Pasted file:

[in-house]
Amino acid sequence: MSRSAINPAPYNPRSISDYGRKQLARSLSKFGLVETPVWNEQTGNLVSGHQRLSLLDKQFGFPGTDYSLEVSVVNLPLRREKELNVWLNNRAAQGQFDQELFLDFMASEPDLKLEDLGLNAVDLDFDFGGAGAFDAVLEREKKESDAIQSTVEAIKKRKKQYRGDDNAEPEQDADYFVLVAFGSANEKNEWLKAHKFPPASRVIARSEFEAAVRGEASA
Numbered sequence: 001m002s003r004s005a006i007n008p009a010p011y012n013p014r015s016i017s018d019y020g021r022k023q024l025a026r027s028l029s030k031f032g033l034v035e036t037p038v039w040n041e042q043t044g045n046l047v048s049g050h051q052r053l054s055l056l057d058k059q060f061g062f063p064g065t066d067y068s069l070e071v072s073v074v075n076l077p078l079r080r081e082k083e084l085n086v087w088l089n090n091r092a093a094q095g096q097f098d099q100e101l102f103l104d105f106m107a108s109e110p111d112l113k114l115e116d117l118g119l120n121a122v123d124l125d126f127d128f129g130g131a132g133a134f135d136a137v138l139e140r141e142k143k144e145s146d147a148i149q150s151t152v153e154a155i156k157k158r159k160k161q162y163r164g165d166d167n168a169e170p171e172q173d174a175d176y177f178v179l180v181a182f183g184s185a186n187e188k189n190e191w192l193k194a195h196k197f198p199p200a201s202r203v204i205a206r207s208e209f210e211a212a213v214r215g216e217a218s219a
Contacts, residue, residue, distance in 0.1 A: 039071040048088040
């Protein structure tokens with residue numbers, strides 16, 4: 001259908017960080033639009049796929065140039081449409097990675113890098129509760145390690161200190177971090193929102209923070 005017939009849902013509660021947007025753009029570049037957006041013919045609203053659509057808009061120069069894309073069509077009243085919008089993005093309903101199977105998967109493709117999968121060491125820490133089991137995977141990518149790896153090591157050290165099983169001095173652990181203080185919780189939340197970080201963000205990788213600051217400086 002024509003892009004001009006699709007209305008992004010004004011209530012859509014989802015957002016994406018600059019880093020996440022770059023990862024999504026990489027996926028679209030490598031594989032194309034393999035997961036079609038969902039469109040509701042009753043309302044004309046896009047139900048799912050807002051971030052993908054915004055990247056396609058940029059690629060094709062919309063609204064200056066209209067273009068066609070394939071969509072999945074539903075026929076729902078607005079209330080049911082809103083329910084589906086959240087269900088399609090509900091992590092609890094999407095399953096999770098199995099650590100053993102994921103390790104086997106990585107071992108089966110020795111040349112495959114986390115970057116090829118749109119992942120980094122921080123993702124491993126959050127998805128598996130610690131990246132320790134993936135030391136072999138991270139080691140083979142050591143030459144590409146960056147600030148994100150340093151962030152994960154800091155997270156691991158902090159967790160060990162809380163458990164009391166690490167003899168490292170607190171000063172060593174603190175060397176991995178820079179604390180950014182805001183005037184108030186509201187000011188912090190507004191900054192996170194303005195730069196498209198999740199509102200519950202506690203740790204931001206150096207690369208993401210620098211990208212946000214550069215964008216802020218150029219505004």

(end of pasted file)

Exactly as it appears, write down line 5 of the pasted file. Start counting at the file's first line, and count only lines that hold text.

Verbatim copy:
């Protein structure tokens with residue numbers, strides 16, 4: 001259908017960080033639009049796929065140039081449409097990675113890098129509760145390690161200190177971090193929102209923070 005017939009849902013509660021947007025753009029570049037957006041013919045609203053659509057808009061120069069894309073069509077009243085919008089993005093309903101199977105998967109493709117999968121060491125820490133089991137995977141990518149790896153090591157050290165099983169001095173652990181203080185919780189939340197970080201963000205990788213600051217400086 002024509003892009004001009006699709007209305008992004010004004011209530012859509014989802015957002016994406018600059019880093020996440022770059023990862024999504026990489027996926028679209030490598031594989032194309034393999035997961036079609038969902039469109040509701042009753043309302044004309046896009047139900048799912050807002051971030052993908054915004055990247056396609058940029059690629060094709062919309063609204064200056066209209067273009068066609070394939071969509072999945074539903075026929076729902078607005079209330080049911082809103083329910084589906086959240087269900088399609090509900091992590092609890094999407095399953096999770098199995099650590100053993102994921103390790104086997106990585107071992108089966110020795111040349112495959114986390115970057116090829118749109119992942120980094122921080123993702124491993126959050127998805128598996130610690131990246132320790134993936135030391136072999138991270139080691140083979142050591143030459144590409146960056147600030148994100150340093151962030152994960154800091155997270156691991158902090159967790160060990162809380163458990164009391166690490167003899168490292170607190171000063172060593174603190175060397176991995178820079179604390180950014182805001183005037184108030186509201187000011188912090190507004191900054192996170194303005195730069196498209198999740199509102200519950202506690203740790204931001206150096207690369208993401210620098211990208212946000214550069215964008216802020218150029219505004």